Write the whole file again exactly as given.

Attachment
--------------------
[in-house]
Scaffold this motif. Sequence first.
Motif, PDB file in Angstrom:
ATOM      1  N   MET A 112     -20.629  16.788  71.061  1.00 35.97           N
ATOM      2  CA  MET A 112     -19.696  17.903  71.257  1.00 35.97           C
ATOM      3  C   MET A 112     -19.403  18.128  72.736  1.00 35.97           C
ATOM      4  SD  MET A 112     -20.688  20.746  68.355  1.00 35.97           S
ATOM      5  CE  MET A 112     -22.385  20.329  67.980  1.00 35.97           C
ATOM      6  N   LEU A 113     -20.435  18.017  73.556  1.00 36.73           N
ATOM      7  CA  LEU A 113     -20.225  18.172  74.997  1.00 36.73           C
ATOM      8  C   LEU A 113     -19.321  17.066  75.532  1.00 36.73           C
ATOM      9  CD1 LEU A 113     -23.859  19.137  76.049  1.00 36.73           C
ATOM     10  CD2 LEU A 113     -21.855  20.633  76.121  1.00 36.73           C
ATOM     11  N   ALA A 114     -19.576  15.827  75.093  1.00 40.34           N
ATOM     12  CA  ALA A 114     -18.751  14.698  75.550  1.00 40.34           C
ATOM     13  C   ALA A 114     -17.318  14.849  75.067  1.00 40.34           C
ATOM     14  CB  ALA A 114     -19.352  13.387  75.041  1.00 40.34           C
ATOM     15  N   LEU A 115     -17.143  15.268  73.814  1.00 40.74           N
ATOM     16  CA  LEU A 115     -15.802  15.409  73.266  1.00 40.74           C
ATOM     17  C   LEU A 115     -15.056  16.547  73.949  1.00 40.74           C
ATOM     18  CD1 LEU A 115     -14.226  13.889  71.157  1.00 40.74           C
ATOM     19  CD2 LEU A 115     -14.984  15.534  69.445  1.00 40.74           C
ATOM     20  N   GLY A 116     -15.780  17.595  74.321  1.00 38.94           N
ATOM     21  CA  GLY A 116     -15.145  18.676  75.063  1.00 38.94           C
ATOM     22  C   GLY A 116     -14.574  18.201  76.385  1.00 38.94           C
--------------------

[in-house]
Scaffold this motif. Sequence first.
Motif, PDB file in Angstrom:
ATOM      1  N   MET A 112     -20.629  16.788  71.061  1.00 35.97           N
ATOM      2  CA  MET A 112     -19.696  17.903  71.257  1.00 35.97           C
ATOM      3  C   MET A 112     -19.403  18.128  72.736  1.00 35.97           C
ATOM      4  SD  MET A 112     -20.688  20.746  68.355  1.00 35.97           S
ATOM      5  CE  MET A 112     -22.385  20.329  67.980  1.00 35.97           C
ATOM      6  N   LEU A 113     -20.435  18.017  73.556  1.00 36.73           N
ATOM      7  CA  LEU A 113     -20.225  18.172  74.997  1.00 36.73           C
ATOM      8  C   LEU A 113     -19.321  17.066  75.532  1.00 36.73           C
ATOM      9  CD1 LEU A 113     -23.859  19.137  76.049  1.00 36.73           C
ATOM     10  CD2 LEU A 113     -21.855  20.633  76.121  1.00 36.73           C
ATOM     11  N   ALA A 114     -19.576  15.827  75.093  1.00 40.34           N
ATOM     12  CA  ALA A 114     -18.751  14.698  75.550  1.00 40.34           C
ATOM     13  C   ALA A 114     -17.318  14.849  75.067  1.00 40.34           C
ATOM     14  CB  ALA A 114     -19.352  13.387  75.041  1.00 40.34           C
ATOM     15  N   LEU A 115     -17.143  15.268  73.814  1.00 40.74           N
ATOM     16  CA  LEU A 115     -15.802  15.409  73.266  1.00 40.74           C
ATOM     17  C   LEU A 115     -15.056  16.547  73.949  1.00 40.74           C
ATOM     18  CD1 LEU A 115     -14.226  13.889  71.157  1.00 40.74           C
ATOM     19  CD2 LEU A 115     -14.984  15.534  69.445  1.00 40.74           C
ATOM     20  N   GLY A 116     -15.780  17.595  74.321  1.00 38.94           N
ATOM     21  CA  GLY A 116     -15.145  18.676  75.063  1.00 38.94           C
ATOM     22  C   GLY A 116     -14.574  18.201  76.385  1.00 38.94           C